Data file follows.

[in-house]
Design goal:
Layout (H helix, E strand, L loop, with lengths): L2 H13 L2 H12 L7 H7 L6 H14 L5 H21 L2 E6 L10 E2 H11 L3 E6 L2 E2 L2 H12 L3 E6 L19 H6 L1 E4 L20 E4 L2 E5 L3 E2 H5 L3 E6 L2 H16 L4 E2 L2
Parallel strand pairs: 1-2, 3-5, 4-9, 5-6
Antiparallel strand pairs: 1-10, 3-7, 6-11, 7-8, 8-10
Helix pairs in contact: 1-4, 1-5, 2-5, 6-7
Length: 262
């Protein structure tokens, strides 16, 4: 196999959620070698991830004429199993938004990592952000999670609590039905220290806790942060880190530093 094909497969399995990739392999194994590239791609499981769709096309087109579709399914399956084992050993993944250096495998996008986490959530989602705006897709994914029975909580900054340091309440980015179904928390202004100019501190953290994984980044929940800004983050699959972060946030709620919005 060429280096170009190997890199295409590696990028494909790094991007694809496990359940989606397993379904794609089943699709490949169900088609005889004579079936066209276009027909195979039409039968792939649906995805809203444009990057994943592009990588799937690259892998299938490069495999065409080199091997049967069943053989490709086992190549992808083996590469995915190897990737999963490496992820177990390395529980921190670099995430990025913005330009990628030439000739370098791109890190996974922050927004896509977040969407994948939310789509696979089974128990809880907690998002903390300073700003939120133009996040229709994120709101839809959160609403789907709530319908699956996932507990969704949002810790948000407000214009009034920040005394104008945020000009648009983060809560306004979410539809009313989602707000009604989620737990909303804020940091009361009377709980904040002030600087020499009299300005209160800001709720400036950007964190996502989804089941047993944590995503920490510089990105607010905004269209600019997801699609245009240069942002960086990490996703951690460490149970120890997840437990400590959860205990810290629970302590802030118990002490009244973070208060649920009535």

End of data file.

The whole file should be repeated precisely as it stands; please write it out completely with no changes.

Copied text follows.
[in-house]
Design goal:
Layout (H helix, E strand, L loop, with lengths): L2 H13 L2 H12 L7 H7 L6 H14 L5 H21 L2 E6 L10 E2 H11 L3 E6 L2 E2 L2 H12 L3 E6 L19 H6 L1 E4 L20 E4 L2 E5 L3 E2 H5 L3 E6 L2 H16 L4 E2 L2
Parallel strand pairs: 1-2, 3-5, 4-9, 5-6
Antiparallel strand pairs: 1-10, 3-7, 6-11, 7-8, 8-10
Helix pairs in contact: 1-4, 1-5, 2-5, 6-7
Length: 262
């Protein structure tokens, strides 16, 4: 196999959620070698991830004429199993938004990592952000999670609590039905220290806790942060880190530093 094909497969399995990739392999194994590239791609499981769709096309087109579709399914399956084992050993993944250096495998996008986490959530989602705006897709994914029975909580900054340091309440980015179904928390202004100019501190953290994984980044929940800004983050699959972060946030709620919005 060429280096170009190997890199295409590696990028494909790094991007694809496990359940989606397993379904794609089943699709490949169900088609005889004579079936066209276009027909195979039409039968792939649906995805809203444009990057994943592009990588799937690259892998299938490069495999065409080199091997049967069943053989490709086992190549992808083996590469995915190897990737999963490496992820177990390395529980921190670099995430990025913005330009990628030439000739370098791109890190996974922050927004896509977040969407994948939310789509696979089974128990809880907690998002903390300073700003939120133009996040229709994120709101839809959160609403789907709530319908699956996932507990969704949002810790948000407000214009009034920040005394104008945020000009648009983060809560306004979410539809009313989602707000009604989620737990909303804020940091009361009377709980904040002030600087020499009299300005209160800001709720400036950007964190996502989804089941047993944590995503920490510089990105607010905004269209600019997801699609245009240069942002960086990490996703951690460490149970120890997840437990400590959860205990810290629970302590802030118990002490009244973070208060649920009535």